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A poem by Joanna Baillie

An Address To The Night: A Sorrowful Mind

Title:     An Address To The Night: A Sorrowful Mind
Author: Joanna Baillie [More Titles by Baillie]

How lone and dreary hangs the sombre Night
O'er wood and valley, stream and craggy height!
While nearer objects, bush, and waving bough,
Their dark uncertain forms but dimly show;
Like those with which disturbed fancies teem,
And shape the scen'ry of a gloomy dream.
The moon is cover'd with her sable shrowd;
And o'er the heav'us rove many a dusky cloud;
Thro' ragged rents the paly sky is seen,
And feebly glance the twinkling stars between:
Whilst earth below is wrapt in stilly gloom,
All sad and silent as the closed tomb.

No bleating flock is heard upon the vale;
Nor lowing kine upon the open dale;
Nor voice of hunter on the lonely heath;
Nor sound of trav'ller on the distant path.
Shut is the fenced door of man's abode;
And ruffling breezes only are abroad.
How mournful is thy voice, O nightly gale!
Across the wood, or down the narrow vale;
And sad, tho' secret and unknown they be,
The sighs of woeful hearts that wake with thee.
For now no friends the haunts of sorrow seek;
Tears hang unchidden on the mourner's cheek:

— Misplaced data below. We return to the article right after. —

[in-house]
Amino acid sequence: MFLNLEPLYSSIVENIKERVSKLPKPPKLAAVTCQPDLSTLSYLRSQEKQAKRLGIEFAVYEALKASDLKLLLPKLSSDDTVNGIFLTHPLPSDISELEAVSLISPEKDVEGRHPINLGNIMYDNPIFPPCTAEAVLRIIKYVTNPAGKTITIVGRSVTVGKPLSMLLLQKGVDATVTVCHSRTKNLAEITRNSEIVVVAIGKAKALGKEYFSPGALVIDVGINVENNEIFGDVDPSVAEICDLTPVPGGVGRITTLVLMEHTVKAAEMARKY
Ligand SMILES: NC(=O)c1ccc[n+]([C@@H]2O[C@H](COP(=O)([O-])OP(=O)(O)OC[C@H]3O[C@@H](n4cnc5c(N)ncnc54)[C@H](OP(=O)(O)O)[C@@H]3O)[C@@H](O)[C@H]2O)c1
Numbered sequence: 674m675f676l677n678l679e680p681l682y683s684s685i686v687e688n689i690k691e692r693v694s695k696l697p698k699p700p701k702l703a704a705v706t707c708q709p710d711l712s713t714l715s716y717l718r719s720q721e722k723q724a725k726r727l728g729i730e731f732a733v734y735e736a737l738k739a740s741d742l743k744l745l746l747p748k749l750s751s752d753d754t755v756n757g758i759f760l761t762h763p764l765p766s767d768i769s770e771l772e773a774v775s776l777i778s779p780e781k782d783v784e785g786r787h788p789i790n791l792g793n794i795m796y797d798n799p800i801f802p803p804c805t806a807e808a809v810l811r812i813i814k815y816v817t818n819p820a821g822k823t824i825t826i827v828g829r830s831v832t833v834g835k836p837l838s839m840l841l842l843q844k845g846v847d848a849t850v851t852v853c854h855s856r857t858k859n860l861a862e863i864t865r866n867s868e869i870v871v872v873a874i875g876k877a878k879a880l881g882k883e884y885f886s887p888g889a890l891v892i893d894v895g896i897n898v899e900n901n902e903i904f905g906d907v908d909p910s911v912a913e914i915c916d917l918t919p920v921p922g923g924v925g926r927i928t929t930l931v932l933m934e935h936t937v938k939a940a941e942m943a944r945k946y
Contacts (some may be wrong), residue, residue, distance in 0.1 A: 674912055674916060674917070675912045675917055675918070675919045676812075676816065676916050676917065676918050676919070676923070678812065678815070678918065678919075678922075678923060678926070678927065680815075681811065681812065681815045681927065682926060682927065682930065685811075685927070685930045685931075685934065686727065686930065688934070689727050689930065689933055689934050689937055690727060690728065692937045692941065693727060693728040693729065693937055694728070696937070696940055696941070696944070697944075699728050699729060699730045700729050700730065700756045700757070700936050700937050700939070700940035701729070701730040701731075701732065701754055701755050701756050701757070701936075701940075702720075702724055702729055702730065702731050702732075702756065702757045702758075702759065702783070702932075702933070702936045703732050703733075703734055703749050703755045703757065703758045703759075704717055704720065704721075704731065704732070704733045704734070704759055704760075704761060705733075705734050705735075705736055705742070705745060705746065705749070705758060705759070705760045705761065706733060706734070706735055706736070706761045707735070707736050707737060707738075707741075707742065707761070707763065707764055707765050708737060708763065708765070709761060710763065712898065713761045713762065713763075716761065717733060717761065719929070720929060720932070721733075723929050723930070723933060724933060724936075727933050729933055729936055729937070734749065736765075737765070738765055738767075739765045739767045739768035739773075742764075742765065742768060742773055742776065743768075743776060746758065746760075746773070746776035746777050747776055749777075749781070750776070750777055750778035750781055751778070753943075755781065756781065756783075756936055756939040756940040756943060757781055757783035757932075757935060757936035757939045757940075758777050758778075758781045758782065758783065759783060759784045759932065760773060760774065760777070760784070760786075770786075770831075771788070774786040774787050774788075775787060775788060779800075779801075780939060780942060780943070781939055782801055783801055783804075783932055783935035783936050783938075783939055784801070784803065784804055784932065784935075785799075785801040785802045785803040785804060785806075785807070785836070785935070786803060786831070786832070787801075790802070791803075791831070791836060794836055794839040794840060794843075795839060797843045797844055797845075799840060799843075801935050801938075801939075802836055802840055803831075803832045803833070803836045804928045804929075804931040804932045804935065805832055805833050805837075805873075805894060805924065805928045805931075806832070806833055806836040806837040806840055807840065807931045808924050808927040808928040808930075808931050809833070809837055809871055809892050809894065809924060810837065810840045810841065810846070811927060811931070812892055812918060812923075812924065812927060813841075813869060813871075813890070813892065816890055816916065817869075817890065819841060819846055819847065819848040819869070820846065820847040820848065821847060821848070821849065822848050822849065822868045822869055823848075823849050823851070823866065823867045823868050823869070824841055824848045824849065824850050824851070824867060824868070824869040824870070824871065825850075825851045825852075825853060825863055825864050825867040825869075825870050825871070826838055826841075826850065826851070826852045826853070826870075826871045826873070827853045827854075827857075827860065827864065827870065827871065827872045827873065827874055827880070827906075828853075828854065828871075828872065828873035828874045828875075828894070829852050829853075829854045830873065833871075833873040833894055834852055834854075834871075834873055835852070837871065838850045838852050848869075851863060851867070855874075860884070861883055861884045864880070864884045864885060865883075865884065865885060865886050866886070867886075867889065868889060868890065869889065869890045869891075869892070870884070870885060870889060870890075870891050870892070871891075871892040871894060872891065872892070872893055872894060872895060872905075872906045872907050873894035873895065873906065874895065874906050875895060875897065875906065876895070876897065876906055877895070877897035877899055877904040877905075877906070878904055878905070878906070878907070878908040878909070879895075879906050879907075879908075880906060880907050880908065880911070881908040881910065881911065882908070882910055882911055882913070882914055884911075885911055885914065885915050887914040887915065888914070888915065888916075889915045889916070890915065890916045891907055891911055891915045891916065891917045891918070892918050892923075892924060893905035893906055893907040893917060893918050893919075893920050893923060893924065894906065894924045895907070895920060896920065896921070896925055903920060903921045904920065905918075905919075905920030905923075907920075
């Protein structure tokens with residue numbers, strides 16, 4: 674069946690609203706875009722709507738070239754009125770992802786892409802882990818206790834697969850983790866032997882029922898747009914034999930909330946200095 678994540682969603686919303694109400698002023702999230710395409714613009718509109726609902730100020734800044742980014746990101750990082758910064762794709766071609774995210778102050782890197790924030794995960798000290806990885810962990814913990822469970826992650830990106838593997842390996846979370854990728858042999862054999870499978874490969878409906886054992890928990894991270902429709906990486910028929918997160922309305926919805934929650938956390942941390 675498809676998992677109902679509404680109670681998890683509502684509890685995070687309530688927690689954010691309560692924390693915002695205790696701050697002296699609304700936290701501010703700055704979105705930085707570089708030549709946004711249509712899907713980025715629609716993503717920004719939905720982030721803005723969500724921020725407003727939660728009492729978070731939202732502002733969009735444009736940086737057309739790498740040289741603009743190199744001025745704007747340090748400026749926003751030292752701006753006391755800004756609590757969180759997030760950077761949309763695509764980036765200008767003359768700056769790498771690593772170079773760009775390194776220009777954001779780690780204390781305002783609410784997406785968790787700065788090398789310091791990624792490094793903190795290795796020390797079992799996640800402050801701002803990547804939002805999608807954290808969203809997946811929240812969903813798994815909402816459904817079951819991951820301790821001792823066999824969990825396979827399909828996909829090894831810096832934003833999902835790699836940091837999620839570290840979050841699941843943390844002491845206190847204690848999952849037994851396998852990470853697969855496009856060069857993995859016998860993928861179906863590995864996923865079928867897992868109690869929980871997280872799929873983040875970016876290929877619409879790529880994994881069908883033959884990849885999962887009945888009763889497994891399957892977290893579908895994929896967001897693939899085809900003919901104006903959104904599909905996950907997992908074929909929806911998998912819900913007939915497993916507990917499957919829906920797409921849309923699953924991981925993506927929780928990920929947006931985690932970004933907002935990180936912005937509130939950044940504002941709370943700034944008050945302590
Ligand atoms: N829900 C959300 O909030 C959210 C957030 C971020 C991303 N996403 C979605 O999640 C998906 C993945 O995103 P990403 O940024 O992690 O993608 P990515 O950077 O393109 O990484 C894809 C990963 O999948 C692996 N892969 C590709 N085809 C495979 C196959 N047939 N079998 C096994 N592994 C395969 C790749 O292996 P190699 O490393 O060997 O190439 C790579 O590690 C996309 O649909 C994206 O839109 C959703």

No side-look vexes from the curious eye;
Nor calm reproving reasoner is by;
The kindly cumbrous visitor is gone,
And laden spirits love to sigh alone.
O Night! wild sings the wind, deep low'rs the shade;
Thy robe is gloomy, and thy voice is sad:
But weary souls confin'd in earthly cell
Are deep in kindred gloom, and love thee well.

But now the veiling darkness passes by;
The moon unclouded holds the middle sky.
A soft and mellow light is o'er the wood;
And silv'ry pureness sparkles on the flood.
White tow'r the clifts from many a craggy breach;
The brown heath shews afar its dreary stretch.
While fairer as the brighten'd object swells,
Fast by its side the darker shadow dwells:
The lofty mountains form the deeper glade,
And keener light but marks the blacker made.
Then welcome yonder clouds that swiftly sail,
And o'er yon glary op'ning draw the veil.
But, ah! too swiftly flies the friendly shade!
Returning brightness travels up the glade,
And all is light again. O fickle Night!
No traveller is here to bless thy light.
I seek nor home, nor shed; I have no way;
Why send thy beams to one who cannot stray?
Or wood, or desert, is the same to me;
O low'r again, and let me rest with thee!

[The end]
Joanna Baillie's poem: Address To The Night: A Sorrowful Mind